The back tires of the van were compressed under the weight of the boxes. Rod had felt an emptiness, ever since he lost his wife and son in a car accident. Since then, trying to find something to grab onto was the hardest thing. He felt this was it—the absolute last thing that could give him a fighting chance to feel alive again. After he completed this mission, he would feel accomplished at the very least. This he was certain of.
Glancing into the back of the van, he looked at all the boxes neatly stacked in rows.
“Damn it,” he said as he unbuckled his seatbelt and slid a little into the back of the van. He reached just far enough to tuck some wires back under the box’s top and then closed it as tightly as he could. He slipped back into the driver’s seat, fastened his seatbelt, and began his overly planned trip. Deep down, he knew this trip would probably be his last.
Living close to the hospital for the last three years, he never thought he would plan an event of this magnitude. After countless therapy sessions, he determined that there was so much suffering in the world. So, this would be one of the most important things he had ever done in his life. The children’s hospital had some of the most suffering in the world. It wasn’t fair that anyone, especially a child, had to suffer like those children do daily. The saddest thing is to be tied to beeping machines all day and see the nursed with pasted on smiles. Were they happy or were they just trying to keep the children content with their situation while quietly mourned on the inside?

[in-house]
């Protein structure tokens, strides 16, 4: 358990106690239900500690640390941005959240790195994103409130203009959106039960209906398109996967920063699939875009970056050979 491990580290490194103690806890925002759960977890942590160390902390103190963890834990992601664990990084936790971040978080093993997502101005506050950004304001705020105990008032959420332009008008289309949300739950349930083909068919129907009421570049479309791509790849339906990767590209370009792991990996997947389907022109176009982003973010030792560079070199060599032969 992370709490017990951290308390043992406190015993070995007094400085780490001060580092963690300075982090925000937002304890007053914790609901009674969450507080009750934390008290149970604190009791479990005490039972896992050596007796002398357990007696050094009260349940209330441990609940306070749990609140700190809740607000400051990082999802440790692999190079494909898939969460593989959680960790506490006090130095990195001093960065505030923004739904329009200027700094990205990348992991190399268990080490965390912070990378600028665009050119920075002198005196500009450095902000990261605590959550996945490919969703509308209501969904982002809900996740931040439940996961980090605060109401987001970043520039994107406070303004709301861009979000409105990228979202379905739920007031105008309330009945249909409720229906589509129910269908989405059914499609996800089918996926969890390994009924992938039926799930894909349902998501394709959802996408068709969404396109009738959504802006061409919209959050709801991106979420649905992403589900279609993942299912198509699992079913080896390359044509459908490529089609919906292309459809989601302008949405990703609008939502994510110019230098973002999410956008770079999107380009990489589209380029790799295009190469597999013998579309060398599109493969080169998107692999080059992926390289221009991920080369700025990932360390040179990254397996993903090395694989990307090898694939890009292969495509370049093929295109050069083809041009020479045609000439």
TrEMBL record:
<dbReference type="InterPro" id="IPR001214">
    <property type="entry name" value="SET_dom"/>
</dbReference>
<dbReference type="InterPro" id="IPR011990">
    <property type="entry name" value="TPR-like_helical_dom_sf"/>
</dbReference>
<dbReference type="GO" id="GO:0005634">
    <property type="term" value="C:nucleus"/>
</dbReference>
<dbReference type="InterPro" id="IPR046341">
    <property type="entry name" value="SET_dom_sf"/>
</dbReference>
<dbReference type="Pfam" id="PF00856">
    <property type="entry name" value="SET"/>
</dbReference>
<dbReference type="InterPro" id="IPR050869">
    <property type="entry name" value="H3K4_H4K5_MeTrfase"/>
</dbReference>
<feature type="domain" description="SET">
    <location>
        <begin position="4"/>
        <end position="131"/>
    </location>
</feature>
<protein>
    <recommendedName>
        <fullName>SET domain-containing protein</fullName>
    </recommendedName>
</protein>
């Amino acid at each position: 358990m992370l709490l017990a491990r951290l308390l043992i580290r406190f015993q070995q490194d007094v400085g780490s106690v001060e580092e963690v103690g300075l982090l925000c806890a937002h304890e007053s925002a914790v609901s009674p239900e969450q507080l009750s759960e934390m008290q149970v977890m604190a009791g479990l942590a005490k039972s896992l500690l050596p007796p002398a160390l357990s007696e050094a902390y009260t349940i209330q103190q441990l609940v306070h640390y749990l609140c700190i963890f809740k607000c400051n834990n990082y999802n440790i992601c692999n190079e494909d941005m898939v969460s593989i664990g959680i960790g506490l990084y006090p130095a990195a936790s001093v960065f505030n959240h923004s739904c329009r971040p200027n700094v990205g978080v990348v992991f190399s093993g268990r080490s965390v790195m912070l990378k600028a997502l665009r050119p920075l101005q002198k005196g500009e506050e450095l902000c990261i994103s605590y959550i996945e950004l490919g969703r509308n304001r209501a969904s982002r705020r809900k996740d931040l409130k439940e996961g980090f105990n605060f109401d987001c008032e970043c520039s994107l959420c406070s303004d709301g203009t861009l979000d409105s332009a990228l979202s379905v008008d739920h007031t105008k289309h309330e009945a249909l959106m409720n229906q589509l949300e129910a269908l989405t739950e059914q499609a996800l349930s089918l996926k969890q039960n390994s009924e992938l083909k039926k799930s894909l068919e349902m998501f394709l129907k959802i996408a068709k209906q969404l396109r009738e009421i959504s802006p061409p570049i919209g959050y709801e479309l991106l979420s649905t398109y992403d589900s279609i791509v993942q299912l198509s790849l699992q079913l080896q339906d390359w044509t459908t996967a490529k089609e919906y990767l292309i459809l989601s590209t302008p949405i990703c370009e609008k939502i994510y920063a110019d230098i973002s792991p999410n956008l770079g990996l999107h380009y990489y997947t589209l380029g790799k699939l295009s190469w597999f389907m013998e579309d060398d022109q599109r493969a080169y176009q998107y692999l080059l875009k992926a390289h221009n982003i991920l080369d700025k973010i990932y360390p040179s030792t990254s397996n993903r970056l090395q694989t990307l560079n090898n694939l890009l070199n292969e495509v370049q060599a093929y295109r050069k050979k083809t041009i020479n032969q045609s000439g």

It wouldn’t matter. At least not today. Rod would change that today. He had masterminded everything about this day. He had the maps on his wall. He had driven the route multiple times. There were even a few good people who were helping him out. The time to drive to the hospital, park in the garage and unload the boxes was all planned—by him. And he knew the news would be there as well. Maybe a little fame would help him be happier. Rod didn’t know what he wanted, but he knew the news would cover this incredible feat. Maybe someone had done this before, but he never saw something of this level on the news. Usually, it was a famous person who spent an hour with a kid who was dying. It seemed more likely that the celebrity only wanted publicity. That mattered more than the actual kid to those types of people. Rod didn’t like this. He wanted to show those celebrities and politicians that he could take care of anger, sorrow, and pain with just one trip. The depression had been crippling him ever since the tragic accident, but now it had reached a new level. It was at a level of not giving a crap anymore. His mind could not make any other decisions outside of the plan that existed on this day. And he was just going through the motions.
“I’m here,” he said into his phone.
There was a man wearing scrubs that waved him over to the curb. Rod rolled down his driver’s window.
“Rod. It is so nice to meet you. My name is Edward. I was the one who was emailing you about this. You are like a celebrity to us,” the man said.
Rod grunted. Just being mentioned in the same sentence as a celebrity made him sick to his stomach.
“Well, I wanted to thank you, for letting me be a part of this,” Rod said. “Do you have someone to help me unload the van?”
“Yes, I’ll have some of my guys come down and help. We have been expecting you.”
“That sounds fantastic. Are you sure no one is aware?”
“A few people,” the man said. “Definitely none of the children.”
“That’s all that matters. Ok, let’s do this,” Rod said.
The man in the scrubs disappeared into the building. Two men wearing street clothes with hospital name tags opened the back of the van and took the boxes.